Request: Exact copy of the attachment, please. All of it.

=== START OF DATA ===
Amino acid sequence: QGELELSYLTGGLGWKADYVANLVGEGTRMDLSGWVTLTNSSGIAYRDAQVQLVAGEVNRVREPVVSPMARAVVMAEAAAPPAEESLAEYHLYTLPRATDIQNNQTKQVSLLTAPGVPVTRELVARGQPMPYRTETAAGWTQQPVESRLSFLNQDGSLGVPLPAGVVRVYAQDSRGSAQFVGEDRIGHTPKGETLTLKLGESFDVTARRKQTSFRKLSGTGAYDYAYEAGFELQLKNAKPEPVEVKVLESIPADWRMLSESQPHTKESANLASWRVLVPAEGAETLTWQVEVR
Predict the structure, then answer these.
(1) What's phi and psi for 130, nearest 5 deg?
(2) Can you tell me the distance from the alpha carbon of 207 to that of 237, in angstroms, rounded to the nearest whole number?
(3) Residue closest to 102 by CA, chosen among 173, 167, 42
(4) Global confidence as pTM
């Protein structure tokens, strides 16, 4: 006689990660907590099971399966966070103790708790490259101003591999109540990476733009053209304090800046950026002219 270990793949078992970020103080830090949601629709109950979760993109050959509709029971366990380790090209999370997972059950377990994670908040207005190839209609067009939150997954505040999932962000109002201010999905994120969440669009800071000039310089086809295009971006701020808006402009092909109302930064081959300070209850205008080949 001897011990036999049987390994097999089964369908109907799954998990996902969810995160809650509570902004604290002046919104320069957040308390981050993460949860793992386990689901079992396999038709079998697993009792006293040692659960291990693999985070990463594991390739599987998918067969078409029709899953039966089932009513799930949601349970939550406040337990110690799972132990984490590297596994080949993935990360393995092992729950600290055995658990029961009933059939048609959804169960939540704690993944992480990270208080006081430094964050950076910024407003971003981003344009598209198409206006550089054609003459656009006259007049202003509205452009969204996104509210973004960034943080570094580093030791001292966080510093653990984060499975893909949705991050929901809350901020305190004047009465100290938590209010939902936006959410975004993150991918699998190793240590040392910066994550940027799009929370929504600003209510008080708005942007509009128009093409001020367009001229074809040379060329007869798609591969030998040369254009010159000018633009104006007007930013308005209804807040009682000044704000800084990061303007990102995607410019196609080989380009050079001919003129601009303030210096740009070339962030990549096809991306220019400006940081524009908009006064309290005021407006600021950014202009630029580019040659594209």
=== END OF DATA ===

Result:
Amino acid sequence: QGELELSYLTGGLGWKADYVANLVGEGTRMDLSGWVTLTNSSGIAYRDAQVQLVAGEVNRVREPVVSPMARAVVMAEAAAPPAEESLAEYHLYTLPRATDIQNNQTKQVSLLTAPGVPVTRELVARGQPMPYRTETAAGWTQQPVESRLSFLNQDGSLGVPLPAGVVRVYAQDSRGSAQFVGEDRIGHTPKGETLTLKLGESFDVTARRKQTSFRKLSGTGAYDYAYEAGFELQLKNAKPEPVEVKVLESIPADWRMLSESQPHTKESANLASWRVLVPAEGAETLTWQVEVR
Predict the structure, then answer these.
(1) What's phi and psi for 130, nearest 5 deg?
(2) Can you tell me the distance from the alpha carbon of 207 to that of 237, in angstroms, rounded to the nearest whole number?
(3) Residue closest to 102 by CA, chosen among 173, 167, 42
(4) Global confidence as pTM
């Protein structure tokens, strides 16, 4: 006689990660907590099971399966966070103790708790490259101003591999109540990476733009053209304090800046950026002219 270990793949078992970020103080830090949601629709109950979760993109050959509709029971366990380790090209999370997972059950377990994670908040207005190839209609067009939150997954505040999932962000109002201010999905994120969440669009800071000039310089086809295009971006701020808006402009092909109302930064081959300070209850205008080949 001897011990036999049987390994097999089964369908109907799954998990996902969810995160809650509570902004604290002046919104320069957040308390981050993460949860793992386990689901079992396999038709079998697993009792006293040692659960291990693999985070990463594991390739599987998918067969078409029709899953039966089932009513799930949601349970939550406040337990110690799972132990984490590297596994080949993935990360393995092992729950600290055995658990029961009933059939048609959804169960939540704690993944992480990270208080006081430094964050950076910024407003971003981003344009598209198409206006550089054609003459656009006259007049202003509205452009969204996104509210973004960034943080570094580093030791001292966080510093653990984060499975893909949705991050929901809350901020305190004047009465100290938590209010939902936006959410975004993150991918699998190793240590040392910066994550940027799009929370929504600003209510008080708005942007509009128009093409001020367009001229074809040379060329007869798609591969030998040369254009010159000018633009104006007007930013308005209804807040009682000044704000800084990061303007990102995607410019196609080989380009050079001919003129601009303030210096740009070339962030990549096809991306220019400006940081524009908009006064309290005021407006600021950014202009630029580019040659594209």